For a brief while they did not see Him, and then they saw Him.

A little while, and ye shall not see me: and again, a little while, and ye shall see me, because I go to the Father.
1. Chesterton, G.K., Saint Thomas Aquinas: The Dumb Ox, 1933, London
2. Luke 24:39
3. John 20:27,28
4. Rom. 8:11
5. John 6:54
6. I John 3:2
7. I Cor. 15:20-23
8. Lev. 23:15-17
9. Rom. 6:9, 10
10. I Cor. 15:19

11. I John 4:10,11,19

Thursday, April 23, 2015

Feisty Converts on a Mission from God

A Frank Admission

I have gotten to an age where I feel less and less inclined to waste my time. When I was younger I felt compelled to prove my case when challenged by people who desired to unchurch me, or to deny the validity of my orders, etc. I was under the mistaken impression that I could reason with them, something I now understand to be impossible.

Perhaps in those earlier days I was really defending my honor more than my church affiliation and its heritage. Perhaps I wanted them to take me seriously. All I know about that for sure is, if I engage in such conversations now it is to help someone in distress who is being mentally bullied by self-appointed "evangelists" of either one or the other of the Two One True Churches. God knows, as do long time readers of The Continuum, that I have written a lot to aid Continuing Anglicans in just that position, including, a few years ago, some who were being bullied by their own bishops to try to slide in to the Roman Catholic Church, by some trick of magic or sleight of hand, without having to change anything. 

Well, my frank admission is that I was a rather bad boy the other day. On a facebook page I stumbled across zealous adherents arguing over which of the Two One True Churches was the One-est and the Truest. They were going on about historical details to prove which one came first. In a curmudgeonly state of mind I reminded them that Henry Aaron still comes in first, if only because he didn't do it with steroids.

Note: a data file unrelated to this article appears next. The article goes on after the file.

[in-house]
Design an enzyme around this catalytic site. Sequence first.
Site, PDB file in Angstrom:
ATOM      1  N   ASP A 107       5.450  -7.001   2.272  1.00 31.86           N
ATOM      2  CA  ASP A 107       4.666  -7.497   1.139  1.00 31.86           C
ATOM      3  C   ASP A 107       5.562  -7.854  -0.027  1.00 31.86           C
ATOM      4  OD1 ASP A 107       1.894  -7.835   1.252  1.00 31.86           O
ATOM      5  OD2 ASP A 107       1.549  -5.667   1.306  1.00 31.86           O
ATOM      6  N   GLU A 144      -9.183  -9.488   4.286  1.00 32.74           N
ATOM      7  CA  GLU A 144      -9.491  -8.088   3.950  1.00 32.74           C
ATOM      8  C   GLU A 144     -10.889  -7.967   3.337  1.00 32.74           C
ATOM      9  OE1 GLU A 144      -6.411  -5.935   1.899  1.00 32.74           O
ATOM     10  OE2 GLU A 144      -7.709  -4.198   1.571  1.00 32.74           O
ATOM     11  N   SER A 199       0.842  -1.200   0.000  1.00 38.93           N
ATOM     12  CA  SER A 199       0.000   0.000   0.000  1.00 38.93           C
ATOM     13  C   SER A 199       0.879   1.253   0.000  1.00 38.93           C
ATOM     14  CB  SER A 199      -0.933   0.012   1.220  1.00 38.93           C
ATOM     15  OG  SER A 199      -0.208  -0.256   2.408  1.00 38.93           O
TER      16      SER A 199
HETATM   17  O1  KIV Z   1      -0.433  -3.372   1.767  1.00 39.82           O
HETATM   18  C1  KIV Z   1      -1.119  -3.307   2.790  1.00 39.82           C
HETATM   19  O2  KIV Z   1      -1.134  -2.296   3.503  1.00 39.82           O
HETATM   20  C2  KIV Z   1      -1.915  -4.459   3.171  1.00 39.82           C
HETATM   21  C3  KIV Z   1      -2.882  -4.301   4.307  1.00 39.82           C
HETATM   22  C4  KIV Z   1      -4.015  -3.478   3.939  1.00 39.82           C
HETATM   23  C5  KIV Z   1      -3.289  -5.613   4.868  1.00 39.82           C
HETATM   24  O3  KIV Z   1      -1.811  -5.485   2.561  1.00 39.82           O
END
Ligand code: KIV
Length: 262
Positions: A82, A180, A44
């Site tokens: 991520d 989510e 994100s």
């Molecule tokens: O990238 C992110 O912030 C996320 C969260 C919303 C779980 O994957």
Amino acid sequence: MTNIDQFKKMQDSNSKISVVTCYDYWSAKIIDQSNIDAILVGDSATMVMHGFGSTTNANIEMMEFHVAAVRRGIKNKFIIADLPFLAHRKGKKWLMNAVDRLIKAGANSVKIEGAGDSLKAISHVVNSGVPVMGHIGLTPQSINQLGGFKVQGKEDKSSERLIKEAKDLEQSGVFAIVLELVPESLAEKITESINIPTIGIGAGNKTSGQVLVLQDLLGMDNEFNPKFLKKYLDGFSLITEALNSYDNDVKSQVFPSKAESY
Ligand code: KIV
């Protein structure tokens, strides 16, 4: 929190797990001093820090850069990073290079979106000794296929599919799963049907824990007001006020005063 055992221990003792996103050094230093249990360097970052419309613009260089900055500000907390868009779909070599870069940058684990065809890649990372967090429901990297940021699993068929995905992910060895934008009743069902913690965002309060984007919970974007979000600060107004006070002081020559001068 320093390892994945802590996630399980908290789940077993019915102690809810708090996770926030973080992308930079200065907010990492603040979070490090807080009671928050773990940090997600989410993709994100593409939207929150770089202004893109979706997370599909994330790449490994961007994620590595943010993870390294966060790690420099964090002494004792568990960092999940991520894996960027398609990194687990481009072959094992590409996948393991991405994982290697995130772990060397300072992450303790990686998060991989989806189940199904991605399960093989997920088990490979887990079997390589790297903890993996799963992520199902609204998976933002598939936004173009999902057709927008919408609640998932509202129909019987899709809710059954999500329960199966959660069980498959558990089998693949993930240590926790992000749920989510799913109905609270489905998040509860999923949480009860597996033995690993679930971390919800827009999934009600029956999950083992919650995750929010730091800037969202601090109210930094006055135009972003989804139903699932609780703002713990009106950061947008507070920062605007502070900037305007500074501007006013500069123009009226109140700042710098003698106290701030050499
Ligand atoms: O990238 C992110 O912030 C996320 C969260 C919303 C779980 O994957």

I received a question in reply. "First at what?" My answer, as any sane man should expect, was, "On the all time home run list of course - Sheesh!." After all, it seemed about time that they got onto a genuinely important topic, and one with a reasonable conclusion possible, that is, one that could be substantiated. I was asked what that had that to do with their discussion. I replied with my usual snarky line about both of the One True Churches, expecting to be ignored. Within seconds I was receiving ecclesiastical insults, being told that they pray for people like me that we would return to the true Church, that I was not a brother in the Lord, that I was not one who shared a common faith. The fellows who wrote those comments were all members of the Orthodox brand. 

I know the type. Converts from a lifetime of western Christianity, who are recent converts at that. I replied that I would not enter into any serious discussion with them. You see, when these young men (to me they're young) "convert" they go through a process that begins with being very defensive about why their new Church body is the Whole shootin' match, and why the rest of us are wandering in the dark. I pointed out to them what stage of development they appeared to be in, and that it is something that I hope will not last, and that it is "sort of akin to teething."